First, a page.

“Nearly all of my friends thought it was a figment of someone’s imagination, but it was clear to me from the very beginning; I always thought it was real. I told them to search for information on the internet. And like many others, they refused to believe it.” recalls Washington, Médecins Sans Frontières’ (MSF) driver.
“Deep inside I can understand it.” I answer and wonder to myself, can it really be true? All of a sudden an unknown disease reaches your country, it comes shrouded in mystery and rumour and you are told you have to believe that suddenly everybody is in danger. Something like that is not easy to accept.
“The truth is that everything is very strange." he admits, "Very, very strange. Some people say it was a bat, others that it was a monkey, but in the end the only thing that matters is that people are dying. You must have heard a thousand times about the invisible enemy, right? Well, this is it. When it comes to Ebola, there is no safe place to hide”.
“Do you know where it came from?” I ask. “Yes, of course, from Guinea. Well, at least this is what everybody thinks.”
“But, how did it get here?” I insist lowering my voice and feeling rather ashamed. Deep inside, I know very well that neither of us have the answer. I am suddenly struck by the idea that, probably, asking these types of questions and trying to force an answer is not very helpful. However, and I have to recognise this, I feel very curious to hear the answer. He reflects for a few seconds but I can see that he feels disappointed. Everyone, like me, who is expecting an explanation linked to witchcraft, will be disappointed:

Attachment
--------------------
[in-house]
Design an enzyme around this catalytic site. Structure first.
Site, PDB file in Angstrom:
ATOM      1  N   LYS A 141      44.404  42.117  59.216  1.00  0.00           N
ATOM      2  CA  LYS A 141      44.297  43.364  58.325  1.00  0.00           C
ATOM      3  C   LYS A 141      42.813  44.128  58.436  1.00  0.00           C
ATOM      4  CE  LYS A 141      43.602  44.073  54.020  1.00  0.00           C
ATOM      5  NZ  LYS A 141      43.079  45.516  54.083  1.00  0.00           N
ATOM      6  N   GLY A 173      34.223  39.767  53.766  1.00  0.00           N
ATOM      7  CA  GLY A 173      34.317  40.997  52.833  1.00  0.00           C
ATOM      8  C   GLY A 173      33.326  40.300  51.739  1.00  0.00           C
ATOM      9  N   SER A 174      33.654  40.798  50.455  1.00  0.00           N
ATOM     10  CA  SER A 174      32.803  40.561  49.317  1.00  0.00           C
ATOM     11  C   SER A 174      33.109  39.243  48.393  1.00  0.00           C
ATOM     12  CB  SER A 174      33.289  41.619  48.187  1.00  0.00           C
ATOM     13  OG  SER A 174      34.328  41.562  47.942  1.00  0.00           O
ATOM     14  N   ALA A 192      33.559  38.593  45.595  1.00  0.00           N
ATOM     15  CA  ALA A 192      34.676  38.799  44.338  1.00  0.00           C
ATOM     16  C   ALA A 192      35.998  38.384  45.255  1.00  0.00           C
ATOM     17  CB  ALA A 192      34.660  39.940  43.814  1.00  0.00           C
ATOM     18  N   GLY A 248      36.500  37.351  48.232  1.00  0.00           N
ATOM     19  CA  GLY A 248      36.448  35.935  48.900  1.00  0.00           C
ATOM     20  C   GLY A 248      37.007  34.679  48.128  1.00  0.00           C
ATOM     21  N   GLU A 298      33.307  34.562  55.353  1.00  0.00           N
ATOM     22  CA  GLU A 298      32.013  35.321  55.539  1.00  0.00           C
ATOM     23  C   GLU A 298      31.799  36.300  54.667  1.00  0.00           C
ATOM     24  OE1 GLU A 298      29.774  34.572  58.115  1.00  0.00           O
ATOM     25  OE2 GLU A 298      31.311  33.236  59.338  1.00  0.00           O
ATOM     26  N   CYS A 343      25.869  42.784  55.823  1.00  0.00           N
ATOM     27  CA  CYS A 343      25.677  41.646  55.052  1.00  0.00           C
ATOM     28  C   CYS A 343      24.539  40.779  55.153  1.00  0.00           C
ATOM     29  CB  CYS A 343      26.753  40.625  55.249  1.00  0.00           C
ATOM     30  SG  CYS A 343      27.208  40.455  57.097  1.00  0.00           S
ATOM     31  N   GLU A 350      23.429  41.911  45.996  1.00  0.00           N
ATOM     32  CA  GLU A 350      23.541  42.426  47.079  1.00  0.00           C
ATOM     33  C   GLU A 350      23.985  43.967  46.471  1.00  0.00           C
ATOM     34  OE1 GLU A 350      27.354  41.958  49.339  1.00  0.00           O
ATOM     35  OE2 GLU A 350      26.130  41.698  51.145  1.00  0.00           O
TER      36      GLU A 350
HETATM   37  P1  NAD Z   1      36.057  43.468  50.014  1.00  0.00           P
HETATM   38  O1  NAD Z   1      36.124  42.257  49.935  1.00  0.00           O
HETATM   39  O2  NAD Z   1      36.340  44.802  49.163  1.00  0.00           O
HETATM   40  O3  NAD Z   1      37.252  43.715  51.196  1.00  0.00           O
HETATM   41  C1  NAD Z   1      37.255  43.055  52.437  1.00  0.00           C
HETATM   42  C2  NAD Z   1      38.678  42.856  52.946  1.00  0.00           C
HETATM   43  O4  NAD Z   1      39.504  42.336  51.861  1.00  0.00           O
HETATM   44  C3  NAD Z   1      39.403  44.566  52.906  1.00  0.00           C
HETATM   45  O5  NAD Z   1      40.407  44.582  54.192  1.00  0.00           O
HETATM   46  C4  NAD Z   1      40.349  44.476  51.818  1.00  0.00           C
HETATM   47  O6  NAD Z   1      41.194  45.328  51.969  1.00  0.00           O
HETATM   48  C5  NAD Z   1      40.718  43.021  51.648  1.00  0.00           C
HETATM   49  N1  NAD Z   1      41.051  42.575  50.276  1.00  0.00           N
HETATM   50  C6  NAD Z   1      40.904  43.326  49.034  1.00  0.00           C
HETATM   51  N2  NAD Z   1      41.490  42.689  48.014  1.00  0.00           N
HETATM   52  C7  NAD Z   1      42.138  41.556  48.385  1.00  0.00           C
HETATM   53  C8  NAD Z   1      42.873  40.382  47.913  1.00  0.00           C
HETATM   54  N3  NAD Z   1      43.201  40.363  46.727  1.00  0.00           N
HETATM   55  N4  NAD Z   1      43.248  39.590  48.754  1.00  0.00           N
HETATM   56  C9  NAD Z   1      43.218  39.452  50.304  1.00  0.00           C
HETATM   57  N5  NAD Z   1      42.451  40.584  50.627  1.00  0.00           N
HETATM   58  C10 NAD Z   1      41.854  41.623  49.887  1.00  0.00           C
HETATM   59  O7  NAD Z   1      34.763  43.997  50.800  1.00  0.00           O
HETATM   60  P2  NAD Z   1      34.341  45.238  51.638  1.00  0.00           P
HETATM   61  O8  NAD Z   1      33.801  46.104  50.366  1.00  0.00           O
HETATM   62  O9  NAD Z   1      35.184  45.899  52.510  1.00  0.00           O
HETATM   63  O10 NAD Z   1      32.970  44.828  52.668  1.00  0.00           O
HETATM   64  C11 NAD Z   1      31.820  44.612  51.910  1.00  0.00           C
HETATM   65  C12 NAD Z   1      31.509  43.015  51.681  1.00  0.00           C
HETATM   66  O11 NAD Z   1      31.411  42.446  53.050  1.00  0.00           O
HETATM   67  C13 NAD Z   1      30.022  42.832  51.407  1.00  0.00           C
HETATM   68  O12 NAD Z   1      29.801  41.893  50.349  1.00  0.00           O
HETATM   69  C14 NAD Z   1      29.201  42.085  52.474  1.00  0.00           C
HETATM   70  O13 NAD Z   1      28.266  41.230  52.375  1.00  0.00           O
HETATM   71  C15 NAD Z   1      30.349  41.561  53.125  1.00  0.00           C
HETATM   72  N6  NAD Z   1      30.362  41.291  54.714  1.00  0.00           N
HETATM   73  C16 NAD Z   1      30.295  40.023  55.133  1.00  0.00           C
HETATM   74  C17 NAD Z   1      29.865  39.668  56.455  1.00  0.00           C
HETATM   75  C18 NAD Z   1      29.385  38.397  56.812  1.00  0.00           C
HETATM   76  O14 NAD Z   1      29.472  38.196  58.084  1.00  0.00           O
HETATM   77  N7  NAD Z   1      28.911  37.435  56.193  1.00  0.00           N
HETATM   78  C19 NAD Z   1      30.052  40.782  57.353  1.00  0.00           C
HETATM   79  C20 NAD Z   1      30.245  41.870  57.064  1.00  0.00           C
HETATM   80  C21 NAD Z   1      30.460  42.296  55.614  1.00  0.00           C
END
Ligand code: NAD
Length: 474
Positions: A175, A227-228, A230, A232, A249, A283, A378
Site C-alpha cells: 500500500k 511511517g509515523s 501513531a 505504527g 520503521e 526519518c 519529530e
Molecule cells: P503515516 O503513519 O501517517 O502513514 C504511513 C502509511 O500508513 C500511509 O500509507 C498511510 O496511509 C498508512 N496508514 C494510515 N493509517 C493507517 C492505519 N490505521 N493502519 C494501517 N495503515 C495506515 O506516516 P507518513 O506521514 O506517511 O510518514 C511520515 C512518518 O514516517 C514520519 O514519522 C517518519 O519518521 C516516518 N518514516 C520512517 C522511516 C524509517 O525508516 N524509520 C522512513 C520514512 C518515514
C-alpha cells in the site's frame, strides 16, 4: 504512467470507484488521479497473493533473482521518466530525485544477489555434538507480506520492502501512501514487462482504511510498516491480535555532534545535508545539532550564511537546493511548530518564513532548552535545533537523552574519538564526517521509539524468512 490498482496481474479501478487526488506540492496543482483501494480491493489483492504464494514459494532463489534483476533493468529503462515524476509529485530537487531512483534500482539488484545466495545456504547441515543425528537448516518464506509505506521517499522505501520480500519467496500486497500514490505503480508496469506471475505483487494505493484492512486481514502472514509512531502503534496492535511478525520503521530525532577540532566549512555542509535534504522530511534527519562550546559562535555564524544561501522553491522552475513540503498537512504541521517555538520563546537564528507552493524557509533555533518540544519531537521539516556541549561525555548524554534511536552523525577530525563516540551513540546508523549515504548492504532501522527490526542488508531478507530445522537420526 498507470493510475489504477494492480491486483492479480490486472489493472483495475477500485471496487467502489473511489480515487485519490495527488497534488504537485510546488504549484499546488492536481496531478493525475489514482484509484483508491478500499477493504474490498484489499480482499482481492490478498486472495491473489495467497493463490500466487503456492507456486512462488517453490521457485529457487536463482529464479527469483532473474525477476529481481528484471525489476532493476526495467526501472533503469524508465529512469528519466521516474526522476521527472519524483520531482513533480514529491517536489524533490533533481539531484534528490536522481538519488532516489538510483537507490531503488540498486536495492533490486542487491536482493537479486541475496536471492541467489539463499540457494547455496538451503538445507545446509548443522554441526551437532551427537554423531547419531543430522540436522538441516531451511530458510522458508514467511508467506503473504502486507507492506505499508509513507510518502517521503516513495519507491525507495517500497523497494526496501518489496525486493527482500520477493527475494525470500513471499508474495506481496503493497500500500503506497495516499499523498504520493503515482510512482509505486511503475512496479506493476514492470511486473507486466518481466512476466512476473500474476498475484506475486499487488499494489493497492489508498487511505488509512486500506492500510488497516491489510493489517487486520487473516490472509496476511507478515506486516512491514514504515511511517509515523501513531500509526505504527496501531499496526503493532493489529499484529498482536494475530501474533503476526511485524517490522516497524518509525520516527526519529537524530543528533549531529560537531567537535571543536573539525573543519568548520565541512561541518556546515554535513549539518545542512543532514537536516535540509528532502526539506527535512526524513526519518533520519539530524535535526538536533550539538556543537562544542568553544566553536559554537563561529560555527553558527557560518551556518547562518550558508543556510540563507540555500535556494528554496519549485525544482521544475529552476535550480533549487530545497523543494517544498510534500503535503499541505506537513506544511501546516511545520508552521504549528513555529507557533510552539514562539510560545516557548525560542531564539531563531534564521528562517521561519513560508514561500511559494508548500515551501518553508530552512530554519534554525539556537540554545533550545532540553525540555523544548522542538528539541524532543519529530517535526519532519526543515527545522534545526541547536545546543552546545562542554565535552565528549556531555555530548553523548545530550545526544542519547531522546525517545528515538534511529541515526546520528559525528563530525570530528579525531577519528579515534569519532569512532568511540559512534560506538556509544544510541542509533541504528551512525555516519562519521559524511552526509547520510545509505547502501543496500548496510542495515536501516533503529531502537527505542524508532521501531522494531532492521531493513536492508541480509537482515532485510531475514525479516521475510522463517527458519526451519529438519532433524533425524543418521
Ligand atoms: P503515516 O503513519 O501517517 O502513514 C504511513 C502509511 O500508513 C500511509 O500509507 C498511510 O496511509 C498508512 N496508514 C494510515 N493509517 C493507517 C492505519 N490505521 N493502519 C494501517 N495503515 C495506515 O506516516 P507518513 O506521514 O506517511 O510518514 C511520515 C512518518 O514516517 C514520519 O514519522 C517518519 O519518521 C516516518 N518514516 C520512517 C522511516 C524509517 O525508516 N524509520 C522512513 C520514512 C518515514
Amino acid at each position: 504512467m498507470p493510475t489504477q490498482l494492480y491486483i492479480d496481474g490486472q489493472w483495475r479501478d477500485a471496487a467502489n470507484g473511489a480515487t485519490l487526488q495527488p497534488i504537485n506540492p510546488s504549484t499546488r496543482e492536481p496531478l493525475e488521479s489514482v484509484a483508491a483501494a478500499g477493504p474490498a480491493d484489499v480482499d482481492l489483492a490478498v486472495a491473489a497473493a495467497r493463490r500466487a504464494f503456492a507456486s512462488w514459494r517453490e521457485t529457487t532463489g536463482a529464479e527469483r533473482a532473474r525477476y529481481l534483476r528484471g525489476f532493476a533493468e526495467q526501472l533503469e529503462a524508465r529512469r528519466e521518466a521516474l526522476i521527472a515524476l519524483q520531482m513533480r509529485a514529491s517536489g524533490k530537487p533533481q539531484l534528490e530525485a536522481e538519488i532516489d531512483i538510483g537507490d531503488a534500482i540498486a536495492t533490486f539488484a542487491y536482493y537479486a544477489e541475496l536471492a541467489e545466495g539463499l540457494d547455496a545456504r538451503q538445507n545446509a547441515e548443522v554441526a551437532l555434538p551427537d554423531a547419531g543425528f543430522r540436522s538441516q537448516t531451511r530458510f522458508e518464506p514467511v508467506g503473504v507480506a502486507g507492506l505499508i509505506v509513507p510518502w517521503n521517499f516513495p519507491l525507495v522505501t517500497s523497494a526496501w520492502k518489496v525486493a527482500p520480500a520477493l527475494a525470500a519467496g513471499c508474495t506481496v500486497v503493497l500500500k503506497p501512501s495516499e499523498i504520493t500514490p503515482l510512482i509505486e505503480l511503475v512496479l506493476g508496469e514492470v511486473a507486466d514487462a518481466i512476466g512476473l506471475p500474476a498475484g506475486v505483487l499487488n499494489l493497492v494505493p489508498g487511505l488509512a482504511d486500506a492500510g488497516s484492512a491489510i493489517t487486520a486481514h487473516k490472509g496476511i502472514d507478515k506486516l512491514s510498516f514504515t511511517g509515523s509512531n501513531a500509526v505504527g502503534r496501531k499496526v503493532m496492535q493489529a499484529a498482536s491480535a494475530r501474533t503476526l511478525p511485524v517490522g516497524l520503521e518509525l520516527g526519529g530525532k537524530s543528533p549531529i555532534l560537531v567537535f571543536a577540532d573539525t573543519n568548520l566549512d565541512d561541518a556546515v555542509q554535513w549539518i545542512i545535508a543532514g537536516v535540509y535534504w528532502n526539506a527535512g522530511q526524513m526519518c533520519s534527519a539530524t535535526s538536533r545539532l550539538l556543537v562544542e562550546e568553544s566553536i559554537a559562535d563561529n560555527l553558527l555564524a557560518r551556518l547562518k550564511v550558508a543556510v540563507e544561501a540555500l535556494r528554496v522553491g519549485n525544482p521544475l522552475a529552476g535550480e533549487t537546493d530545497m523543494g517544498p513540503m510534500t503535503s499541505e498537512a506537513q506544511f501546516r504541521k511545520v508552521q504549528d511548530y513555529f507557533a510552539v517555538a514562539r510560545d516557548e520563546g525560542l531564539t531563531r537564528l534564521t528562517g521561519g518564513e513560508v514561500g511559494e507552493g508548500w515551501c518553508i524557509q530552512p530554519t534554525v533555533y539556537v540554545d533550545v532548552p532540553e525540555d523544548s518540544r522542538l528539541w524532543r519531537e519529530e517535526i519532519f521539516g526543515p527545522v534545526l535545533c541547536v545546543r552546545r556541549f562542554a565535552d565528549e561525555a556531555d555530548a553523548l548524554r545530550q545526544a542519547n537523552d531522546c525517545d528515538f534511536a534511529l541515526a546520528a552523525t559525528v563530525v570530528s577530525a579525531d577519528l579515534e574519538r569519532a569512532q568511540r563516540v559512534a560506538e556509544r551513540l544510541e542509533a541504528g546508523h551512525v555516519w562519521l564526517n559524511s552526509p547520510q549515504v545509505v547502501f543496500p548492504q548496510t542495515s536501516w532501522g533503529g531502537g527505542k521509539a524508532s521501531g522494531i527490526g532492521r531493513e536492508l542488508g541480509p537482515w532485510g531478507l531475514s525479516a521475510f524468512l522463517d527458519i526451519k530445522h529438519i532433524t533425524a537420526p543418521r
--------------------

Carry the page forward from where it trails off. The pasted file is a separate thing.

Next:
“I don’t know. Nobody knows”, he concludes with an air of solemnity. “Or do you happen to know by any chance?”, he asks.
“And at home?” I ask him, trying rather unconvincingly to prolong our conversation following the earlier fiasco, and not at all sure where it will lead me. I realise that I am stabbing around in the dark and that I am about to make the mistake of asking him that horrible or disrespectful question that I’ve heard so many times before: ‘Have you lost any family members?’ We, Western journalists, usually ask this question to anyone we come across and we do it as if were asking people if they have ever lost their keys and how they managed to get back into their home.
“I don’t understand. What do you mean by 'at home?'” Washington asks me, waking me up from my reverie.
“I mean how do you manage?" I ask. “Do you take any measures to prevent anything from happening to you?” Another cliché question, but at least I managed to get out of trouble and I haven’t asked anything too risky.
“At home we have chlorinated water and we always wash our hands. When we run out of chlorine, we go to the shop and buy more. Prices have risen and chlorine is no exception, but the most important thing is that our hands should always be clean”. “And what about your family? Do you avoid physical contact?” I ask, reverting to my old obsession, the one that worried me so much before coming here and still is cause for concern during my nights in Monrovia. And it is not because of fear, but quite the opposite. It’s about the lack of contact. Having to keep your distance from everyone here, only serves to further reinforce how important is to be able to feel close, also physically, to the people you love.
"No, no. In Liberia now we try not to have physical contact with others”, Washington assures me.
“But of course, at home it must be different. How many people are in your family?” I ask.